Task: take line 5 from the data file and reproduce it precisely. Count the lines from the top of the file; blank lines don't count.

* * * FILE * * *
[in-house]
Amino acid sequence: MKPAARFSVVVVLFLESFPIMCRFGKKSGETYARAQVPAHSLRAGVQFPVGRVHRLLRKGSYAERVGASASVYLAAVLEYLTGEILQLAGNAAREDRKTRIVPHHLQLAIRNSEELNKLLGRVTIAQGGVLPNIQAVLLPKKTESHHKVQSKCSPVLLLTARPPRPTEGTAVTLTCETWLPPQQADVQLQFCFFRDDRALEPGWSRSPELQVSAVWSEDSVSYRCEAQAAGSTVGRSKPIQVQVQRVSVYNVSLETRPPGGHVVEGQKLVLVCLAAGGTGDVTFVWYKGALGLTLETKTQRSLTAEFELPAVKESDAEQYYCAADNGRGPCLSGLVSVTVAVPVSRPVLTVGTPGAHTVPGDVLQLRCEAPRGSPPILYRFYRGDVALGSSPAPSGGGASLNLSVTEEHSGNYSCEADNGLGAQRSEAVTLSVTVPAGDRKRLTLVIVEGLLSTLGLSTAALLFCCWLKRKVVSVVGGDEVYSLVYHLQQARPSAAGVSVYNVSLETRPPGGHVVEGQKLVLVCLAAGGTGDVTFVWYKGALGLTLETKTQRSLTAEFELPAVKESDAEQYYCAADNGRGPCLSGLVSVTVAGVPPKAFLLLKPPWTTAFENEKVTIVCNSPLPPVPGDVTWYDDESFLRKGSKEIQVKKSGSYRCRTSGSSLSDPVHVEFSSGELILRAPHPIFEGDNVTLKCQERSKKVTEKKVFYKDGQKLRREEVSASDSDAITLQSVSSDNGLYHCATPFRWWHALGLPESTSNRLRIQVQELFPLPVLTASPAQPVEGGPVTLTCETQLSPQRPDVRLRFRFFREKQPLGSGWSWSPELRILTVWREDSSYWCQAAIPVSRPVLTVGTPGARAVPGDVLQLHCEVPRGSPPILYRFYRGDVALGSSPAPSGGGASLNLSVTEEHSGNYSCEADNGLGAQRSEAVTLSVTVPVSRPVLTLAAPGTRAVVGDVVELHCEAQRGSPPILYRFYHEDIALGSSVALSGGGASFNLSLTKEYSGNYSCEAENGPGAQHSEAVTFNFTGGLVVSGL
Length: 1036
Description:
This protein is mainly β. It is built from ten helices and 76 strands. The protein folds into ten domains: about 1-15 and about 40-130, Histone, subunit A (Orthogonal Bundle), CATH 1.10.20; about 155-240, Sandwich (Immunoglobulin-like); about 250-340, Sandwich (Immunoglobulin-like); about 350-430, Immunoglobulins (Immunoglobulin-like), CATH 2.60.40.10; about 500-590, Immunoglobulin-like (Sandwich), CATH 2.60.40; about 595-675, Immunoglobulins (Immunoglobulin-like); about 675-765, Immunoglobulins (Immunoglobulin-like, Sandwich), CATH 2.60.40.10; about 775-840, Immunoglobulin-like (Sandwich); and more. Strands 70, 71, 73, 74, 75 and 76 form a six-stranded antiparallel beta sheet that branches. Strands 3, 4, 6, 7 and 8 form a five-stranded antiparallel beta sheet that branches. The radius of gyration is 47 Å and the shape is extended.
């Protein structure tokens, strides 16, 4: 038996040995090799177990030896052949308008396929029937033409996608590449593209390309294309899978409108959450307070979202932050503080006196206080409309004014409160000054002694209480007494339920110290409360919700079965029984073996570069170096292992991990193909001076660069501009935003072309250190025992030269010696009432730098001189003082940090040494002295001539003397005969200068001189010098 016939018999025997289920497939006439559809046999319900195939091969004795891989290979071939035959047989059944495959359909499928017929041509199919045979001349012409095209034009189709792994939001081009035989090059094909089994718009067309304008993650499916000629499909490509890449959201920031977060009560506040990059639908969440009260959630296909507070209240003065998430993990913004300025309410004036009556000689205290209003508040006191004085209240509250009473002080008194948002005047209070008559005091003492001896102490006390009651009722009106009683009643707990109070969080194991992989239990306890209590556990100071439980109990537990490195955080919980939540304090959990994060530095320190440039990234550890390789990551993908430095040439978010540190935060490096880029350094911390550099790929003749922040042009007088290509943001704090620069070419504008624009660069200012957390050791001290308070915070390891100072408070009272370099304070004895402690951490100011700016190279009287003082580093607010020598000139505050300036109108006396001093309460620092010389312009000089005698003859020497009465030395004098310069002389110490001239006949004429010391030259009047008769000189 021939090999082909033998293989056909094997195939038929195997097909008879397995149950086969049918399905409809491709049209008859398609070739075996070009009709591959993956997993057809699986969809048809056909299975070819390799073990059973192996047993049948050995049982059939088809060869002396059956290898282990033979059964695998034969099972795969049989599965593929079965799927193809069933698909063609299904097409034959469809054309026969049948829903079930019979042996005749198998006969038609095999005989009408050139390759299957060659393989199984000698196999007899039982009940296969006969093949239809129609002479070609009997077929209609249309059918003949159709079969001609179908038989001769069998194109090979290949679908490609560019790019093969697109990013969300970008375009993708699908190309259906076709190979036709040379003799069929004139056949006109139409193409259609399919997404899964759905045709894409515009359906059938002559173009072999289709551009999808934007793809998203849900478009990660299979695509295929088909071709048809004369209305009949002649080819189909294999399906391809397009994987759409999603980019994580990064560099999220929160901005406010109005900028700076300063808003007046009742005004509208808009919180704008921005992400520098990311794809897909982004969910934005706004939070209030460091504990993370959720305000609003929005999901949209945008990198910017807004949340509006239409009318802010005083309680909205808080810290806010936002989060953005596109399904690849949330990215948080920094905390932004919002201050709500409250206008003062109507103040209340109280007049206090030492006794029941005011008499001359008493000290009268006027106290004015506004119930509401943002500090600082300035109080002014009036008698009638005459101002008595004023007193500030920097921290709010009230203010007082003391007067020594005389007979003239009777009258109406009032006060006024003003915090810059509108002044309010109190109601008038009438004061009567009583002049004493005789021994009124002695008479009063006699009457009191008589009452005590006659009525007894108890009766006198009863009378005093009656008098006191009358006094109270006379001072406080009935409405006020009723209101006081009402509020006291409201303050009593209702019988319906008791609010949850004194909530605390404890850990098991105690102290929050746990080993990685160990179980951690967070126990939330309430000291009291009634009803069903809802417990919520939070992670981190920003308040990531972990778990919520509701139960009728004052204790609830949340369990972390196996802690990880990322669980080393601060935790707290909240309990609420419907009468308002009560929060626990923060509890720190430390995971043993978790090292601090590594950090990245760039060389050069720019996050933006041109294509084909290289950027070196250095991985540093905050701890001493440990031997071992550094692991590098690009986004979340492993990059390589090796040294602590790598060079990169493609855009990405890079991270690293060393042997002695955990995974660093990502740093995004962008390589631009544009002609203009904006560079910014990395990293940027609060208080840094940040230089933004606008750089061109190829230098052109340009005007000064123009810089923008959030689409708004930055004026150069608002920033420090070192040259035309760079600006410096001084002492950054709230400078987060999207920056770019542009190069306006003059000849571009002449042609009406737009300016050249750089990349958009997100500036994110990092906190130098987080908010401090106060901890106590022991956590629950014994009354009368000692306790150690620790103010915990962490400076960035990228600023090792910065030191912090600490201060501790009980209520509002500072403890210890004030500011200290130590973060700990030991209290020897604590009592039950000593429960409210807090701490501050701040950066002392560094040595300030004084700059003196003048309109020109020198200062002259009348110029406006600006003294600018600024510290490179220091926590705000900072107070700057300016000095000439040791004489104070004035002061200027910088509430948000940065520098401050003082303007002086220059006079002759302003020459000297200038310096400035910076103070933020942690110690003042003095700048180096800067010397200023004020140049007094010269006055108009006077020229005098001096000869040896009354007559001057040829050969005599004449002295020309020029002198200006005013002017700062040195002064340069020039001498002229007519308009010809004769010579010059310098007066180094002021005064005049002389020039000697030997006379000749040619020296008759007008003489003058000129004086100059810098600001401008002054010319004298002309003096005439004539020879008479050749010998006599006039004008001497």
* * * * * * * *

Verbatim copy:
This protein is mainly β. It is built from ten helices and 76 strands. The protein folds into ten domains: about 1-15 and about 40-130, Histone, subunit A (Orthogonal Bundle), CATH 1.10.20; about 155-240, Sandwich (Immunoglobulin-like); about 250-340, Sandwich (Immunoglobulin-like); about 350-430, Immunoglobulins (Immunoglobulin-like), CATH 2.60.40.10; about 500-590, Immunoglobulin-like (Sandwich), CATH 2.60.40; about 595-675, Immunoglobulins (Immunoglobulin-like); about 675-765, Immunoglobulins (Immunoglobulin-like, Sandwich), CATH 2.60.40.10; about 775-840, Immunoglobulin-like (Sandwich); and more. Strands 70, 71, 73, 74, 75 and 76 form a six-stranded antiparallel beta sheet that branches. Strands 3, 4, 6, 7 and 8 form a five-stranded antiparallel beta sheet that branches. The radius of gyration is 47 Å and the shape is extended.